Meanwhile, back in our world, due to the ongoing corona-crisis the creative director of North Light, Susie Goodwin, has had to cancel the planned retrospective and is holding it online instead. Digital exhibitions, no matter how slick, can never be a substitute for seeing art in the flesh, but even though this show isn’t occupying a physical space it still provides a good opportunity to look back on what has been a remarkably successful decade.
Conceived as an organisation that would “develop a creative conversation between specialists and communities as a catalyst for a change in our relationship with the environment,” North Light’s first major project was called The Knitted Harbour, and, on the surface at least, it did exactly what it said on the tin. In August 2010, knitters from all over the town came together to create an impressively detailed replica of Dunbar Harbour, using wool from local hill farmers for which there was no market at the time, and this was then exhibited at various venues around Dunbar and East Lothian, as part of a programme of events that also included performances by local writers, folk musicians and the community choir.
You only need to look at the pictures of the knitted harbour taking shape, though, with teams of local artists working together at trestle tables down by the water’s edge, to realise that a lot more was being knitted together here than a few replica fishing boats. As Goodwin puts it, the project “inspired and connected people to their environment in an extraordinary way... and it brought both artists and the community together to think about our resources and how we use the places we share.”
After this auspicious start, Northern Light Arts has continued to grow and evolve and – thanks to its John Muir Residency scheme, named after the Dunbar native, pioneering environmentalist and father of America’s National Parks – it has been able to follow through on its stated aim of developing creative conversations between specialists and communities by inviting a number of leading artists to come and make work in the area.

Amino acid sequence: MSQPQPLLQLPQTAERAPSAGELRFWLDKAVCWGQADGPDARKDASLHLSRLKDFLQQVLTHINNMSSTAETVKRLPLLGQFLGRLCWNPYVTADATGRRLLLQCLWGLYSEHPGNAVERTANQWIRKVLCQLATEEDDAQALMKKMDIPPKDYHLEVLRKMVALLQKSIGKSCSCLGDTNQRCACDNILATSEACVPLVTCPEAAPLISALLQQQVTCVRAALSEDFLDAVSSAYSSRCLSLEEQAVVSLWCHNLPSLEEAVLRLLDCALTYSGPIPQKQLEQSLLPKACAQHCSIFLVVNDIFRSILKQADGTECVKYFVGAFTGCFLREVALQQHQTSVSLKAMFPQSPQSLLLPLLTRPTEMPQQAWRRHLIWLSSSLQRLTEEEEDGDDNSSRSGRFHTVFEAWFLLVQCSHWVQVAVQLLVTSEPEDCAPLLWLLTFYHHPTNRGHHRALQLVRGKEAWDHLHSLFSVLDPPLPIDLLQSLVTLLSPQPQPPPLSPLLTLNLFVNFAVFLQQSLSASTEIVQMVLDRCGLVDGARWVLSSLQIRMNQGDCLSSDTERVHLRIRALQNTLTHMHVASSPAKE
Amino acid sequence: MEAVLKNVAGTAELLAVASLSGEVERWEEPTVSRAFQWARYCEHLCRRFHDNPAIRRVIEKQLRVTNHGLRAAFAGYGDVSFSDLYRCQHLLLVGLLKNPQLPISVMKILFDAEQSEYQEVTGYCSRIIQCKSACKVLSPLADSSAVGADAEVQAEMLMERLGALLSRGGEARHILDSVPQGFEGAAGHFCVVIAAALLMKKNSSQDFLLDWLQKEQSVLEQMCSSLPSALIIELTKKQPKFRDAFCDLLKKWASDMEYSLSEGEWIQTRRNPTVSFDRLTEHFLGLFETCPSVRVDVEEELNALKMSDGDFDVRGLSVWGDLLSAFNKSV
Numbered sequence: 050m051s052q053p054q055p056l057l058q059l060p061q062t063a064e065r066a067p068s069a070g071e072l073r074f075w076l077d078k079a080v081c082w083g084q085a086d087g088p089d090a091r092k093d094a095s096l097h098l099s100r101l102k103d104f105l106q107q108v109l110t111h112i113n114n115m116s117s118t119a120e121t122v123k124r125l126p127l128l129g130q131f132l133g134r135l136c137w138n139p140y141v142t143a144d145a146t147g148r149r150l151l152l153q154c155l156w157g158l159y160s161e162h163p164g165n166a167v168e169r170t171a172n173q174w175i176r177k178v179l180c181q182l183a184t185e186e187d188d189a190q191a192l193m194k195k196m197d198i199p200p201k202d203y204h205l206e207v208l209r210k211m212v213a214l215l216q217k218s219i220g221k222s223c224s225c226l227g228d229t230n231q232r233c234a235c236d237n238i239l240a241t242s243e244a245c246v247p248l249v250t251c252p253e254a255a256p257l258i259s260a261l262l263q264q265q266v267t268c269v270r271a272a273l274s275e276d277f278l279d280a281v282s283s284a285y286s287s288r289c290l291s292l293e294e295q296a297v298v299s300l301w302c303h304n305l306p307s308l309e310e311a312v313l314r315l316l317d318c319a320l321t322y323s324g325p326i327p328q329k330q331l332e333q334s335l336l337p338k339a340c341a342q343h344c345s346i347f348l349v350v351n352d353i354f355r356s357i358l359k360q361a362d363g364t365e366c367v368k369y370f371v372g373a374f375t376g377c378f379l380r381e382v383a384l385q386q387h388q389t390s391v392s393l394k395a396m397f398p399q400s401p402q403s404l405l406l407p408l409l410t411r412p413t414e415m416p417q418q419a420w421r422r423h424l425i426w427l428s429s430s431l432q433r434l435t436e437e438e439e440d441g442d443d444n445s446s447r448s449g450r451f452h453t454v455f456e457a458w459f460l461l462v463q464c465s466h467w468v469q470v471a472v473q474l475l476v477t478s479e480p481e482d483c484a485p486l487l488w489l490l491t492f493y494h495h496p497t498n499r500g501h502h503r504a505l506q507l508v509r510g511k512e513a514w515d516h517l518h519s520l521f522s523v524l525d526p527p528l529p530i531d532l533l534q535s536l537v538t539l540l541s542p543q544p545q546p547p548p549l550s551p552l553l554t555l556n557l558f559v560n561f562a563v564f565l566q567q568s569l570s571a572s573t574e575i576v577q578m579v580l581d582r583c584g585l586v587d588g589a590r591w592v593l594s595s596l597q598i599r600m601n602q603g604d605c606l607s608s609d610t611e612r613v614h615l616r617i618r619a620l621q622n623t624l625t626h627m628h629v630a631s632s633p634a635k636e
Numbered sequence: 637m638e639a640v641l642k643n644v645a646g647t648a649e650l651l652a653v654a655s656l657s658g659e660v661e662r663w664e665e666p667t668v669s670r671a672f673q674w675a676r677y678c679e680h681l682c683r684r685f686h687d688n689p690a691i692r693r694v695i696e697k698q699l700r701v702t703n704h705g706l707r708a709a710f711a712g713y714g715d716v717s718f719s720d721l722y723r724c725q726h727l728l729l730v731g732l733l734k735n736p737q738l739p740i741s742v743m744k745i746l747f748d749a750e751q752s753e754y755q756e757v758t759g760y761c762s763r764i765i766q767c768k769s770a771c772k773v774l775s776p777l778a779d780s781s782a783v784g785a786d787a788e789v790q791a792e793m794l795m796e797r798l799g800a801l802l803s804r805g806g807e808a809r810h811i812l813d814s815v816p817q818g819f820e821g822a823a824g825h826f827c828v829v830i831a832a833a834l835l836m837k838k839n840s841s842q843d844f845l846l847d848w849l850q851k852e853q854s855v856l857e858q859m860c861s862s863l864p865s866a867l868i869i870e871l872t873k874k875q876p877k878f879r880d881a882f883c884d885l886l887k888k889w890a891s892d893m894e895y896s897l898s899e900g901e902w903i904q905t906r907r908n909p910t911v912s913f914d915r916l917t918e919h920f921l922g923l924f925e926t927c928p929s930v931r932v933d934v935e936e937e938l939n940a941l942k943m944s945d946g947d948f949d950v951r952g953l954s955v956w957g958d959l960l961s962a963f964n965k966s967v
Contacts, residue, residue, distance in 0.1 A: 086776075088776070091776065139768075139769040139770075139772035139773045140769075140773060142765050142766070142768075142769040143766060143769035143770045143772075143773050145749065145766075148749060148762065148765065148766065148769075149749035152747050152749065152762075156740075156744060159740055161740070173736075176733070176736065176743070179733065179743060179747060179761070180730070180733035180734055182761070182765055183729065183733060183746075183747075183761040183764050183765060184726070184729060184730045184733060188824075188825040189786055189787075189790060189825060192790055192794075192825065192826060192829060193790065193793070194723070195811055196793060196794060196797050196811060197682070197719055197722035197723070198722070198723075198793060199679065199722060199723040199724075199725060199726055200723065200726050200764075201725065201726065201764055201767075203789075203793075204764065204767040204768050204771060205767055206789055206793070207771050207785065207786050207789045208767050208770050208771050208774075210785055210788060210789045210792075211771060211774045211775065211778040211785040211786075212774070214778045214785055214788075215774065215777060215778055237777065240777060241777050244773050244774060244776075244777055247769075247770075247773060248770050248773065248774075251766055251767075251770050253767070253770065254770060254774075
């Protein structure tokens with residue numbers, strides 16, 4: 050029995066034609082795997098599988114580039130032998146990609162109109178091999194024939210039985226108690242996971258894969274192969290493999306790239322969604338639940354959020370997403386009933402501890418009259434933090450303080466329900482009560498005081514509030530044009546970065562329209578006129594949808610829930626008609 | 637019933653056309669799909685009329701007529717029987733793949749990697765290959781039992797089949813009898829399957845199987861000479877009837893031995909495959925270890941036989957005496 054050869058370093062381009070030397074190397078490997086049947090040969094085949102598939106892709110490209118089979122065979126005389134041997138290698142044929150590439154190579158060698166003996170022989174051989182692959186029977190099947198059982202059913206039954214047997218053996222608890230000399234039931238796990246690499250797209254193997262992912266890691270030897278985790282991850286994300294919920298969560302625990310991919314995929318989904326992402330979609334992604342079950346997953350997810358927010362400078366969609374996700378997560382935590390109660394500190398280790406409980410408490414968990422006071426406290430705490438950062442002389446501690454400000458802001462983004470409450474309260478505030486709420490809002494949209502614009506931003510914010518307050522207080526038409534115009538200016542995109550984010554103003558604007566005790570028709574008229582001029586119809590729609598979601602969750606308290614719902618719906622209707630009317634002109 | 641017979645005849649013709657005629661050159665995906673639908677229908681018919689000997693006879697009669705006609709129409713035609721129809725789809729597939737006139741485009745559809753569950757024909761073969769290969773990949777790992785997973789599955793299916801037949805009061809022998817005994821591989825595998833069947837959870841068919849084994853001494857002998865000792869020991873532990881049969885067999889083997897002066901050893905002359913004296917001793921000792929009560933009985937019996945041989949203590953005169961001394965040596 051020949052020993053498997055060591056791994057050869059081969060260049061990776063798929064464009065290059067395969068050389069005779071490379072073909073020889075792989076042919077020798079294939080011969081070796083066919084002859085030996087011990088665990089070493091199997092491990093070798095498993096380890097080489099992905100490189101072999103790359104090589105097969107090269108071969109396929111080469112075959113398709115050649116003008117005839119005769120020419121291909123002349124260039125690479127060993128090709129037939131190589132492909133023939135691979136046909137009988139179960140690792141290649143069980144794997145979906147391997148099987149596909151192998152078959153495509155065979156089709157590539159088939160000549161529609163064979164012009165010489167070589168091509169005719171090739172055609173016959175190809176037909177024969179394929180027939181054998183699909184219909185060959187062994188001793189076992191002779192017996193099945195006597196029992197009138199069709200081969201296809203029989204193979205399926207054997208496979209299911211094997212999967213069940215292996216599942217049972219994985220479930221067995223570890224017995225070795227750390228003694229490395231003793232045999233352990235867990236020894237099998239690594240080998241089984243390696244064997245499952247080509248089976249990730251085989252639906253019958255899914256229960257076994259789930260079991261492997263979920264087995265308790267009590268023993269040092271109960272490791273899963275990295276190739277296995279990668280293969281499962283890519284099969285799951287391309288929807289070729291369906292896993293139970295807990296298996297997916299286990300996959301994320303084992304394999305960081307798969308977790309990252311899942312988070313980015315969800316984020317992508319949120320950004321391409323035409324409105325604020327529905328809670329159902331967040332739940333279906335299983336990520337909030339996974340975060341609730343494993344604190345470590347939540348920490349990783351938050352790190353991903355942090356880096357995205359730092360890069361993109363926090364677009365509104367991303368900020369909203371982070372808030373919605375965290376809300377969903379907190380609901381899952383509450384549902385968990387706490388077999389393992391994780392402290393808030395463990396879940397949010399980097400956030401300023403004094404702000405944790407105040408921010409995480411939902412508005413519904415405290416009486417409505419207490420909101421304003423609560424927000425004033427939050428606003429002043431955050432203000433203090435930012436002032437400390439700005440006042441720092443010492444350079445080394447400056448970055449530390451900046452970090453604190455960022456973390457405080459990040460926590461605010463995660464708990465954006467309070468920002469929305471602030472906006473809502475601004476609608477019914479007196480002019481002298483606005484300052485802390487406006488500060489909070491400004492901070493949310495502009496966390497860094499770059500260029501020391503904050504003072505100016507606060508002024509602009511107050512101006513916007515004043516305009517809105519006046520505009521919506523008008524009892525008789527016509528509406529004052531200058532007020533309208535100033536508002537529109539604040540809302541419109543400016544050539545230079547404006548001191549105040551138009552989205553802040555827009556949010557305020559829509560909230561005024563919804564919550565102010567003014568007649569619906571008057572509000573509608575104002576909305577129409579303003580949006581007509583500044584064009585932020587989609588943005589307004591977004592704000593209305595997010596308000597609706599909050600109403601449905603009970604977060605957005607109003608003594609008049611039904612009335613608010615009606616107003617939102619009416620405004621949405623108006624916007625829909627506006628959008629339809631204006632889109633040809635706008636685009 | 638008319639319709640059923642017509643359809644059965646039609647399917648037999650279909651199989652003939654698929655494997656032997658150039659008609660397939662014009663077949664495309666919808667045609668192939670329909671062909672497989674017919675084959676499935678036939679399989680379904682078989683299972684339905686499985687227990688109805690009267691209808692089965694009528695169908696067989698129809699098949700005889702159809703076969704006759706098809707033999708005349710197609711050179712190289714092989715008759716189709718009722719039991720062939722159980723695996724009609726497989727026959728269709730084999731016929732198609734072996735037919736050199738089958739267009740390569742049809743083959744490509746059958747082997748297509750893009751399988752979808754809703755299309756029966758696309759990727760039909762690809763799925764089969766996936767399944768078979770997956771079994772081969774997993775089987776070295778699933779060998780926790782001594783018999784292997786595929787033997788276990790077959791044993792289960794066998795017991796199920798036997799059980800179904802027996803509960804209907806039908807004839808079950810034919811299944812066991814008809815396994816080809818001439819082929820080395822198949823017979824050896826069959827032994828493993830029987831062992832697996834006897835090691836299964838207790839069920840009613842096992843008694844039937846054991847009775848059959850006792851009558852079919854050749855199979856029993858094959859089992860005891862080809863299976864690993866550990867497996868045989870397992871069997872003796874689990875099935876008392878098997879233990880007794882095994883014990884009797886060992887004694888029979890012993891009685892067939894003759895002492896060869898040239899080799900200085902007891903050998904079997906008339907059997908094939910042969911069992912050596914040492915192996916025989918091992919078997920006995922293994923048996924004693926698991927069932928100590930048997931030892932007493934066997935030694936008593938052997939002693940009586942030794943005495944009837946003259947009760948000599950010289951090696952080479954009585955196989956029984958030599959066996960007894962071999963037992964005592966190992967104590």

In 2017, for example, Hannah Imlach created a spectacular new sculpture at Belhaven Bay, inspired by the coastal flora of East Lothian, called Dune Cradle, which saw a small clump of local plantlife placed on a stone plinth shaped like an inverted pyramid and raised safely above the tidal sands of Belhaven Bay on skinny, War of the Worlds-style stilts, like some futuristic harbinger of sea level rise. The same year, the poet and artist Alec Finlay used his residency to create a book, minnmouth, informed by the similarities he found between Norse-inflected local place names and other place names scattered all along the east coast, from Suffolk to Shetland.
In 2018, Dalziel + Scullion’s residency resulted in an exhibition entitled Homing, in which the duo assembled a myriad of objects they had found while exploring the local area, from shells and sea-urchins to feathers and fossils, and used this exquisitely-presented collection as an invitation to others to pay more attention to the treasures at their feet. Then, in 2019, Jenny Pope used her wonderfully eccentric “Tools to Evoke Change,” constructed from an array of bric-a-brac, and her solar-powered kinetic sculptures, to imagine a better, greener future. And all the while, the community art projects have kept on coming – the latest, Rebellious Threads, is a two-year initiative with Dunbar schools designed to get students thinking about swapping, re-designing and re-purposing old clothes, rather than simply throwing them away.
Much like North Light Arts itself, the 10th anniversary exhibition will evolve and grow over the coming months. Its title, What If, is taken from the book by environmentalist Rob Hopkins, From What Is To What If: Unleashing the Power of Imagination to Create the Future We Want. It’s a concept John Muir would surely have understood, and one of which he would have approved.
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